An overview of Automated Optical Inspection (AOI)


What is Automated Optical Inspection (AOI)?

AOI is an automated visual inspection methodology used primarily to test for defects in printed circuit board assemblies (PCBAs). AOI autonomously scans PCBAs with cameras and detects two types of failures: 1. catastrophic failures, such as missing components, and 2. quality failures, such as misshapen fillet or components that are skewed.

AOI works best in production environments with very high volumes and very low component variability, because implementation is time-consuming and complex, and must be set up for a specific design or part configuration.

When should I use Automated Optical Inspection (AOI)?

Automated optical inspection is ideal for PCBA inspection in production, placed after solder reflow. AOI is a production technology that is not ideal for product development or lower volume (sub-5,000 unit runs) because of the time and expense involved in setting it up.

Typically, you wouldn’t set up an AOI system until your design is locked, because reconfiguring it would be complicated and expensive. This means that AOI is just a monitoring tool and is not typically used as a problem-solving or process improvement solution.

How is AOI implemented?

Implementing automated optical inspection requires technical setup and programming. Every component on a PCB that gets inspected requires programming, often totaling to hours of programming for each board. This required programming means that only known issues in known locations can be inspected. Any product revision requires a programming update, this lack of flexibility means AOI works best in high volume and low variability environments: mass production.

What are the pros and cons of AOI?


  • Non-contact test method.
  • AOI accurately detects a specific category of programmed defects on PCBs (bad solder joints and missing parts).


  • AOI only catches PCB defects and doesn’t catch defects with difficult to classify failure modes such as glue or seal defects.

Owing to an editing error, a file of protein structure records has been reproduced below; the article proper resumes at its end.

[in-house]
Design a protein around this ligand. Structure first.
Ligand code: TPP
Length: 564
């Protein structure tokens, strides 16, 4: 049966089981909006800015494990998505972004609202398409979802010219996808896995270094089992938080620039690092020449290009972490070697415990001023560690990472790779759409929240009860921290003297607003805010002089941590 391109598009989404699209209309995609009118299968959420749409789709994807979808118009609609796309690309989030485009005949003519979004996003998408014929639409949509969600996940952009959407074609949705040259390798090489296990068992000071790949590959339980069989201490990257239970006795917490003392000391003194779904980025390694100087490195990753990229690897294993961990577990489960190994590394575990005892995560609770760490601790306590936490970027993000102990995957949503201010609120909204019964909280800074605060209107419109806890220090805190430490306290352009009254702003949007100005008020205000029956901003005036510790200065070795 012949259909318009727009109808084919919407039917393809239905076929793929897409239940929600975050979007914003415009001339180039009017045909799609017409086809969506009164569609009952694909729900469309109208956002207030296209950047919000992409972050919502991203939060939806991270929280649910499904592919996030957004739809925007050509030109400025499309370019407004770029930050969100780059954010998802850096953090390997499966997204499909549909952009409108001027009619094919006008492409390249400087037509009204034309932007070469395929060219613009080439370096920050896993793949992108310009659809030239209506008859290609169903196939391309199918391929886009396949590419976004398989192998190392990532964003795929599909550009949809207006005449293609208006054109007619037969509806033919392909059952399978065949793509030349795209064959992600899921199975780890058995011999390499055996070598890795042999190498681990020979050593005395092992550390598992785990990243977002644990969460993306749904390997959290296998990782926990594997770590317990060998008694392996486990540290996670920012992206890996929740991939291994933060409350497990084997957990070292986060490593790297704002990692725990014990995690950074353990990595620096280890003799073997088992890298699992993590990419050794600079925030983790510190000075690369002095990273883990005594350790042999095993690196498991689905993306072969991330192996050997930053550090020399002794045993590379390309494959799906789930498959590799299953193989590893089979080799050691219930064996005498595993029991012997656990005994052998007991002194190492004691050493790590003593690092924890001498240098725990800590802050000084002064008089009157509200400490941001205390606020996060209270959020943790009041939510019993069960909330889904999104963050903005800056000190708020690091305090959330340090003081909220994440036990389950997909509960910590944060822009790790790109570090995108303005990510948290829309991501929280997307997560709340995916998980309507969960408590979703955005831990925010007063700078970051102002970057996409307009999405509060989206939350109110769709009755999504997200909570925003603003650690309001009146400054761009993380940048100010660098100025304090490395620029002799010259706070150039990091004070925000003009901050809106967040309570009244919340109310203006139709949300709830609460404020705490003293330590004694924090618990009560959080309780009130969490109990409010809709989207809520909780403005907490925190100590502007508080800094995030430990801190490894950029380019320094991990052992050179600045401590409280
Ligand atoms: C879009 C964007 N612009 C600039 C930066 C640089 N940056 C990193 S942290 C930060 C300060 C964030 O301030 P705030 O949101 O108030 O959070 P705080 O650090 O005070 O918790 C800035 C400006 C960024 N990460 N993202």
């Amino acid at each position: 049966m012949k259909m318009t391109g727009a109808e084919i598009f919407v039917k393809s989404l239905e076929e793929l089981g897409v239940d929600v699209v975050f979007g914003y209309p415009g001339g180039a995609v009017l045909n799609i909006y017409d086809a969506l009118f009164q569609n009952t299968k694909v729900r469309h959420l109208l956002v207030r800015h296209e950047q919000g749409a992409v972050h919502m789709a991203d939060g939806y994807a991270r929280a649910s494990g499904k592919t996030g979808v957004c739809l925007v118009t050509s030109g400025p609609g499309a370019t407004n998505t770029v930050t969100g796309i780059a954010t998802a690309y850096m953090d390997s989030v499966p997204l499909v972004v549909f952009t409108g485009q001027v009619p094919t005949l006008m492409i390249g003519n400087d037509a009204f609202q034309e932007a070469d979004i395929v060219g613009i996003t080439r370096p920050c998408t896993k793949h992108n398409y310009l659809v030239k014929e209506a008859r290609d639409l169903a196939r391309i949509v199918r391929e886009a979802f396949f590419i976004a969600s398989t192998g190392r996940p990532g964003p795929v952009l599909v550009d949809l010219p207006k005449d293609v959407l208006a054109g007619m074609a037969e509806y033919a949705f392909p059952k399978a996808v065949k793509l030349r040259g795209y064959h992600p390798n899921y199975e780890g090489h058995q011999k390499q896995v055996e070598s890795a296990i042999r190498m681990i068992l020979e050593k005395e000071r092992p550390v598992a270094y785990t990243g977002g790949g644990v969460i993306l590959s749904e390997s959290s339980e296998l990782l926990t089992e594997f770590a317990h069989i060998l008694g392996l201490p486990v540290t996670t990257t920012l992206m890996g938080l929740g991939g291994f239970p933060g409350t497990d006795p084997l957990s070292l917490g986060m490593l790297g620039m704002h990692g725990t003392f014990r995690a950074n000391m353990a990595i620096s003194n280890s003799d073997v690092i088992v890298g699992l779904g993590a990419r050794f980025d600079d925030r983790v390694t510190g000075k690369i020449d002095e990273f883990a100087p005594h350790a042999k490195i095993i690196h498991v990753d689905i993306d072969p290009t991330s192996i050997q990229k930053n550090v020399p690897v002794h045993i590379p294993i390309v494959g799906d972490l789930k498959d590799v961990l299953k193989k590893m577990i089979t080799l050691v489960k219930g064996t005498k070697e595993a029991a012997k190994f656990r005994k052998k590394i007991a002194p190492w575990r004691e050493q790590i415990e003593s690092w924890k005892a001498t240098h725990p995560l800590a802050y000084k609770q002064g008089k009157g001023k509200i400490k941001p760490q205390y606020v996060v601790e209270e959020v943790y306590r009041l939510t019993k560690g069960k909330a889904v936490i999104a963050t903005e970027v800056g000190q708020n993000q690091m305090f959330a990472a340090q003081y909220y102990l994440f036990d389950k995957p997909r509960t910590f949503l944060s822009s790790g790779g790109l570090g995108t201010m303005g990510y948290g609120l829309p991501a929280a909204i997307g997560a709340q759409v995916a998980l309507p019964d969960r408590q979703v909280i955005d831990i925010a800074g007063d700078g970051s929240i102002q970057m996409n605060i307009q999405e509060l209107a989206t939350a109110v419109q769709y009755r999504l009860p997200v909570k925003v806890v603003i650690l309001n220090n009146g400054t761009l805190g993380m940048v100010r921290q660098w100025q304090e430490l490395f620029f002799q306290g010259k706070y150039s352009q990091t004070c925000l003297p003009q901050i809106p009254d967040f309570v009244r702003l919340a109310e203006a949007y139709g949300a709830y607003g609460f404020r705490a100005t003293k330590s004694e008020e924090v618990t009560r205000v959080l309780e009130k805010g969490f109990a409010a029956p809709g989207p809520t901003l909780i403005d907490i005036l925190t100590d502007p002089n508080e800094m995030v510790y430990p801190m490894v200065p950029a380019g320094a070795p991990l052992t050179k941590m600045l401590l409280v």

• Defect detection capabilities are not flexible, each change must be programmed.
  • AOI does not discover new detects, it only detects defects that are preprogrammed.
  • Teams don’t have access to data from AOI systems.
  • Teams often can’t program new defect tests into AOI systems remotely.
  • AOI does not provide value in development.

How much does Automated Optical Inspection cost?

Automated optical inspection solutions are purchased on a CapEx model. The combined cost of hardware, software, and custom implementation service creates variability in price. AOI solutions typically start at $30K.

How does Instrumental compare to AOI?

While Instrumental and AOI both provide pass/fail analysis of defects in real-time, there are many differences. Unlike AOI, Instrumental is used in both development and production to catch known and unknown defects. Instrumental stations and AI are also easy to set up and adjust remotely. Instrumental’s drop-in stations typically get set up in 30 minutes or less and Instrumental’s AI starts working as soon as the first 30 units pass through.

Unlike automated optical inspection, Instrumental’s data can be accessed from anywhere in the world. Engineering teams remotely discover issues and fix them faster with Instrumental data and AI, delivering a more mature product in fewer cycles. Operations teams leverage Instrumental to optimize processes for improved yield and to reduce costs associated with scrap, rework, and returns.

Interested in learning more about Instrumental? Request a demo here.

Related Topics

Manufacturing Intelligence

Don’t miss a post, subscribe today.